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I tried this and got the output as: void

Please explain the following Code:

#include <cstdio>
#include <typeinfo>
using namespace std ;

void foo()
{    }

int main(void)
     typeid(foo()).name());// Please notice this line, is it same as typeid( ).name() ?
   return 0;

AFAIK: The typeid operator allows the type of an object to be determined at run time.

So, does this sample code tell us that a function that returns void is of *type void*. I mean a function is a method and has no type. Correct?

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up vote 6 down vote accepted

typeid does not work with objects. It works with expressions.

typeid returns the type of the expression you supply to it as an argument. The expression can refer to an object, or to something that is not an object. You supplied expression foo() as an argument. This expression has type void. So, you got a result that refers to type void. void, BTW, is not an object type.

Function do have types. If you want to apply typeid to the function itself, the syntax would be typeid(foo). The function-to-pointer conversion is not applied to the argument of typeid, which means that you should get a result that refers to function type itself. Meanwhile, typeid(&foo) will give you a function pointer type id, which is different from typeid(foo).

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+1 just to add a little clarity to an already-correct response, the expression typeid(foo()) first calls the function foo() and then does typeid on foo()'s return value, which is void – John Dibling Jun 8 '10 at 20:35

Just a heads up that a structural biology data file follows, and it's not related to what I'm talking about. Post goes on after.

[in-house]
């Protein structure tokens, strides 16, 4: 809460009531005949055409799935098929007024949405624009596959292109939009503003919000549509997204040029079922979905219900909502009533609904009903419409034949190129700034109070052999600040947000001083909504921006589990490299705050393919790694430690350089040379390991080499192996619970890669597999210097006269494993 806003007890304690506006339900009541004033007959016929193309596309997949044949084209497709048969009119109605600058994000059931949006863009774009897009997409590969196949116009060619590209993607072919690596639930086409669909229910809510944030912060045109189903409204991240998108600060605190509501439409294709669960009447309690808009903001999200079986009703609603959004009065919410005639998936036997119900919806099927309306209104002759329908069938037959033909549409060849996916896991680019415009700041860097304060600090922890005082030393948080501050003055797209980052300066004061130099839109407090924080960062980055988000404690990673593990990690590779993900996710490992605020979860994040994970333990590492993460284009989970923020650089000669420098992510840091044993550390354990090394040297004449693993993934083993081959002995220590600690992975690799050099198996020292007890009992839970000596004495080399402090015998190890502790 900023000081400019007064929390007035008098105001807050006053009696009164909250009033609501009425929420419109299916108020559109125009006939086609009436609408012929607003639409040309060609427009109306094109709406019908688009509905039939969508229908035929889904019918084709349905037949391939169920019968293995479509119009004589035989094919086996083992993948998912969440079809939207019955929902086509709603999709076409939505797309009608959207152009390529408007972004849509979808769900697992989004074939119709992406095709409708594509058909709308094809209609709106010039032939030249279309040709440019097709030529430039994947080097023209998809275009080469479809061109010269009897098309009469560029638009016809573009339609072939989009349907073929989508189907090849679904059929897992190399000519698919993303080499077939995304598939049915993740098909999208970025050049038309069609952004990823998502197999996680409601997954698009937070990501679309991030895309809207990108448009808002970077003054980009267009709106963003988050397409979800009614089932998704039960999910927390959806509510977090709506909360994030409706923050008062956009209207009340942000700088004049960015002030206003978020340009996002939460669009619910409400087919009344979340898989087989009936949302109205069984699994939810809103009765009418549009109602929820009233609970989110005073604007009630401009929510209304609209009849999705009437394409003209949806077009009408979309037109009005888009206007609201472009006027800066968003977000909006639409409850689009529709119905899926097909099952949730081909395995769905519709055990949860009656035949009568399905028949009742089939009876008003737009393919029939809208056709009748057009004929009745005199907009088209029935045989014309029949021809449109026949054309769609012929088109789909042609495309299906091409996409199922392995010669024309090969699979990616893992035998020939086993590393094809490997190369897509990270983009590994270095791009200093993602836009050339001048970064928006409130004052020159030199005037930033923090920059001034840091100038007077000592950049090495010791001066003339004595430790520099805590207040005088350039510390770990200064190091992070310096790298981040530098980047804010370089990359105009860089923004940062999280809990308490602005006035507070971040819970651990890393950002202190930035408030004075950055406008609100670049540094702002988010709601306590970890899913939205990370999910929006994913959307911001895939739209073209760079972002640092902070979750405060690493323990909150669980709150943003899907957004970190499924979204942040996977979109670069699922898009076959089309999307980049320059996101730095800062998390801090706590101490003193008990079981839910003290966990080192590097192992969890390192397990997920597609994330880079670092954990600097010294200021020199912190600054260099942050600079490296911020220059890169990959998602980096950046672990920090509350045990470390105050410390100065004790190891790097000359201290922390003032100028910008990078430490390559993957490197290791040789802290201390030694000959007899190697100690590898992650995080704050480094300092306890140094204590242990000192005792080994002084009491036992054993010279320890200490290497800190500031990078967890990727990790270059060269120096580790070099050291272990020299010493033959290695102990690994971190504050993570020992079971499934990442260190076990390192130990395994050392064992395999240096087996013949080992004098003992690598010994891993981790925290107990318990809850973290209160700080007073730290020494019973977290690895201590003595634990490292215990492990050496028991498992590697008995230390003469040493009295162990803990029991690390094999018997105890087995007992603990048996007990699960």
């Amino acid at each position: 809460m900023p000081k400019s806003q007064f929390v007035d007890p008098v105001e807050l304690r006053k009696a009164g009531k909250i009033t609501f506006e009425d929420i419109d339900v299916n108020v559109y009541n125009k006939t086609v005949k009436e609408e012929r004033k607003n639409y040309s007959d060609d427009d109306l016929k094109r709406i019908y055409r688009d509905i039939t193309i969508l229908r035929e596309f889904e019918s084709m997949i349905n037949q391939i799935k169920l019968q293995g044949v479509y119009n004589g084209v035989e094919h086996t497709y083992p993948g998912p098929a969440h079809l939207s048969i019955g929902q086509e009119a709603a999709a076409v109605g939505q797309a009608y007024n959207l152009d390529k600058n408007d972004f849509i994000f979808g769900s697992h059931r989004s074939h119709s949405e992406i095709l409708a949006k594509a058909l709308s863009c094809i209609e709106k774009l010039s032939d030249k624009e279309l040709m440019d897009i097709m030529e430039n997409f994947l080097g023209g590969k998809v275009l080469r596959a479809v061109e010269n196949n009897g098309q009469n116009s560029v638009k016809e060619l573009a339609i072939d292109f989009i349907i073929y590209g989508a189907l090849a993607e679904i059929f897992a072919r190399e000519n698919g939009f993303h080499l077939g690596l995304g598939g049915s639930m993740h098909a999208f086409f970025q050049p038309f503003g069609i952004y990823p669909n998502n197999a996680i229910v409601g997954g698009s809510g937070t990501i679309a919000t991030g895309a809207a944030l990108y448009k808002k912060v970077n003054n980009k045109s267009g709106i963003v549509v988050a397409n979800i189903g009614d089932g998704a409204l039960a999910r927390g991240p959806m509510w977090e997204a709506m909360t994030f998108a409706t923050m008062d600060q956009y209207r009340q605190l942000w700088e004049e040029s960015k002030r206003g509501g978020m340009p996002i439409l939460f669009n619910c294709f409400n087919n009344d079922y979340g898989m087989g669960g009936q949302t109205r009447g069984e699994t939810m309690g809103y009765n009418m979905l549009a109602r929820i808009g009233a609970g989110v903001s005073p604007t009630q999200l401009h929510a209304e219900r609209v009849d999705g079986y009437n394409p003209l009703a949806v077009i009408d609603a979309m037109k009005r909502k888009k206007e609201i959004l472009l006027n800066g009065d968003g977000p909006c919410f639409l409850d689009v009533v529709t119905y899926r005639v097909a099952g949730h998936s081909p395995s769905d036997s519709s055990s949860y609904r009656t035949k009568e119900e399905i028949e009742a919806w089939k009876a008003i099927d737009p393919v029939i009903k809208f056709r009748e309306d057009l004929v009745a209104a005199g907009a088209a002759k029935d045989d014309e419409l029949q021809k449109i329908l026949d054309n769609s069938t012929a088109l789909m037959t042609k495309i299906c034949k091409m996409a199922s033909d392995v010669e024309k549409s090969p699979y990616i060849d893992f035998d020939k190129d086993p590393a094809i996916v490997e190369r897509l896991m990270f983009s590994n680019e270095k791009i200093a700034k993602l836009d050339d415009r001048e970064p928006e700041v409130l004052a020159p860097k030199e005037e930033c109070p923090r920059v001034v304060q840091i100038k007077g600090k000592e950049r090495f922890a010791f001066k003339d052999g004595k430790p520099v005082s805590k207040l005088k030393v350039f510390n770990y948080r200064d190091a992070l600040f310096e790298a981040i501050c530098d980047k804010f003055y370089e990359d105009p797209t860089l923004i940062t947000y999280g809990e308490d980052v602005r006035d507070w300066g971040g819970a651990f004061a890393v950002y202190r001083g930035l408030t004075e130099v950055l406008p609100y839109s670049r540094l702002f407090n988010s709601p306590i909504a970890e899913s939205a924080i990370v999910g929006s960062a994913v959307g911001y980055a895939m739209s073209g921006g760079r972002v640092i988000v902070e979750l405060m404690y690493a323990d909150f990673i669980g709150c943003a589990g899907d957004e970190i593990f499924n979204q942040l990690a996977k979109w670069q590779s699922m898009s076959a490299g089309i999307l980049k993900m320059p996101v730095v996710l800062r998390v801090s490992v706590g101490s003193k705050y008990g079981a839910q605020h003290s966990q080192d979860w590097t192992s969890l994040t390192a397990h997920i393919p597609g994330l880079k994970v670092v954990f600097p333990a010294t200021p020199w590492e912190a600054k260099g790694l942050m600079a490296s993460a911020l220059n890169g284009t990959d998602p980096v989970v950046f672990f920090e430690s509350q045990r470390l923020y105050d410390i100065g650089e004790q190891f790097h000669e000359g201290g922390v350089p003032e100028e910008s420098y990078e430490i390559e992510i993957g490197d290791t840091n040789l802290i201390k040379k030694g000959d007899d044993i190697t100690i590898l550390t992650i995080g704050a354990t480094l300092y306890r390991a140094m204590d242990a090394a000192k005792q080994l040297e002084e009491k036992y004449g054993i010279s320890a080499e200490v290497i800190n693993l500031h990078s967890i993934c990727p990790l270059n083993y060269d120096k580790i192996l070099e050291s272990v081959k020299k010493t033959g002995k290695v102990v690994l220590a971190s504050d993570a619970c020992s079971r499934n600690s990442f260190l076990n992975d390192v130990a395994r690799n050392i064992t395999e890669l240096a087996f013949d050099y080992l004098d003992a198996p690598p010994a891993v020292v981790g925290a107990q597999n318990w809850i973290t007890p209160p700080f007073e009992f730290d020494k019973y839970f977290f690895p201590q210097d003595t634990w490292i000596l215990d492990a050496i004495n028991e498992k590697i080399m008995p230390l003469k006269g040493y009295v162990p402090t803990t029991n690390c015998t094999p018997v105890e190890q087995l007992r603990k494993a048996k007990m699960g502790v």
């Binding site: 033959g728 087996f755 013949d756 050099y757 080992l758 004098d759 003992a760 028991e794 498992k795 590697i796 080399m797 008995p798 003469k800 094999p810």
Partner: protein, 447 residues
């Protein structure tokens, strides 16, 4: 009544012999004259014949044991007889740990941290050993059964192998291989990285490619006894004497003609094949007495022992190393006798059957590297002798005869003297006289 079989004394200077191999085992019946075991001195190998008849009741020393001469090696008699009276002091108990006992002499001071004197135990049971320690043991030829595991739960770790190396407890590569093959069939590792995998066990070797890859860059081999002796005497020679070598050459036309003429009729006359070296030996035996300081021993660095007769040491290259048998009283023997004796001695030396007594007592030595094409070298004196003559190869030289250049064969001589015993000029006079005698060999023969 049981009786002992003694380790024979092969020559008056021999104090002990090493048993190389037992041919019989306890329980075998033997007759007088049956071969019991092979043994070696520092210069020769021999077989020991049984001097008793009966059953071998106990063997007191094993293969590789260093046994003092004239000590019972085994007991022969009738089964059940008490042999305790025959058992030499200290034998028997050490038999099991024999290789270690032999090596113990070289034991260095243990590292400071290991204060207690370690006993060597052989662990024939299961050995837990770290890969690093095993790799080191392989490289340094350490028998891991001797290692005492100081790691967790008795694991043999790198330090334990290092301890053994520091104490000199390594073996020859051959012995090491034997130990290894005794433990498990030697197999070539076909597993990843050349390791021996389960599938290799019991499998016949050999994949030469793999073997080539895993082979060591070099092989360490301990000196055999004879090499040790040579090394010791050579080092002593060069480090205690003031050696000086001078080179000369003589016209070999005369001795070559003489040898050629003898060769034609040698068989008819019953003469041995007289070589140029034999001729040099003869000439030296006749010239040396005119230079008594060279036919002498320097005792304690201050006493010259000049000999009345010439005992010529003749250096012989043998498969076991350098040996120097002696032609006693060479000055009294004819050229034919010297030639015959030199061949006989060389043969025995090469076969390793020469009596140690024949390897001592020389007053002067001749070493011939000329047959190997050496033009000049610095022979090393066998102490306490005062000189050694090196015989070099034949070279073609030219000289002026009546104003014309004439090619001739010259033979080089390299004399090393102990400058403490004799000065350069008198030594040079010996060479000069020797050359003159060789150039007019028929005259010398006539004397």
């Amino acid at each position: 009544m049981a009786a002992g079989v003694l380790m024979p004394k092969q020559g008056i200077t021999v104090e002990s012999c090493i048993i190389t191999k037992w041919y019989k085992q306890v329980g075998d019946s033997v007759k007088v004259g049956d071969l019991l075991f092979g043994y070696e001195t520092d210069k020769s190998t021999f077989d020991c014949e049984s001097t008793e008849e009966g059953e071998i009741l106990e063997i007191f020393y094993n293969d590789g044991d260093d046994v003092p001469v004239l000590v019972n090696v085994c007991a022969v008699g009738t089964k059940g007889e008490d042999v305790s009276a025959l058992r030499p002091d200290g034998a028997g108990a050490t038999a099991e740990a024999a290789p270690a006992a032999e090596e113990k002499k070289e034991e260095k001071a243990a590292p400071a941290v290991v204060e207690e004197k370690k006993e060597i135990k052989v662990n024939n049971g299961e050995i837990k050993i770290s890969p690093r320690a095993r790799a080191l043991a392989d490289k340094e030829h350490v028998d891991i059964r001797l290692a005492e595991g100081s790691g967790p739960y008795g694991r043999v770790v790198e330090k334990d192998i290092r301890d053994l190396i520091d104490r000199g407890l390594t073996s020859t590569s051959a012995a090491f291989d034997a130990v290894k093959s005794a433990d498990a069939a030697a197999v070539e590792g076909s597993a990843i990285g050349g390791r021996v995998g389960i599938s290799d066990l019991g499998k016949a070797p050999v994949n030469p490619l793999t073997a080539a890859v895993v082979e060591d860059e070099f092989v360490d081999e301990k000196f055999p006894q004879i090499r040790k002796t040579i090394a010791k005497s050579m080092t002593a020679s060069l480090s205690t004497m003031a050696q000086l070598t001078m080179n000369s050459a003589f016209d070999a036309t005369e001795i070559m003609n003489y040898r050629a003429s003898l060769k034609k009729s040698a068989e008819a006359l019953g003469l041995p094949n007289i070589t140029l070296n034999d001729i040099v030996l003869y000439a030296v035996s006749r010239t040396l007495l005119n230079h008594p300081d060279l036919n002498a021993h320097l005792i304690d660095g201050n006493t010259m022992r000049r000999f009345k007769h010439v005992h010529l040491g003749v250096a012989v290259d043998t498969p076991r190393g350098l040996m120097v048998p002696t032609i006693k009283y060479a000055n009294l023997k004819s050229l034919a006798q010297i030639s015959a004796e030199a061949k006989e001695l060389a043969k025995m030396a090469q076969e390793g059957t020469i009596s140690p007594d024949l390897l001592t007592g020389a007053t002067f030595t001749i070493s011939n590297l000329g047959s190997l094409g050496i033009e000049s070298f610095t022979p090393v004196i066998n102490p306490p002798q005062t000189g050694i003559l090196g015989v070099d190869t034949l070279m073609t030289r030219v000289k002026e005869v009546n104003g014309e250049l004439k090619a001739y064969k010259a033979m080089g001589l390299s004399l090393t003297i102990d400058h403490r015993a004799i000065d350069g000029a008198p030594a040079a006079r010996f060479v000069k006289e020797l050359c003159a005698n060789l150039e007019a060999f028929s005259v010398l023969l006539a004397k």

@John Dibling: This is not entirely accurate. The function is not called. typeid only evaluates its expression when it has polymorphic class type. In all other cases (including this one) it is similar to sizeof, meaning that the argument expression is not evaluated. – AnT Jun 8 '10 at 20:54
Ah, good point. – John Dibling Jun 8 '10 at 21:03

That is telling you the type of the function's return.

To get the type of the function itself, you want:

typeid(foo)       // note the lack of ()
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Wrong on both counts.

1) The sample code tells you that the type of the result of calling foo() is void.

2) Functions are also types.

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Functions are definitely not types, though they do have a type. :) – avakar Jun 8 '10 at 18:54
@avakar - it's a rather pedantic issue but based on the language of the standard I'd have to disagree. 3.9.2/1 "Compound types can be constructed in the following ways: ... --/functions/..." and 8.3.5/1 "...a type of this form is a /function type/". (slants meant to represent italic type in the text) – Crazy Eddie Jun 8 '10 at 19:06

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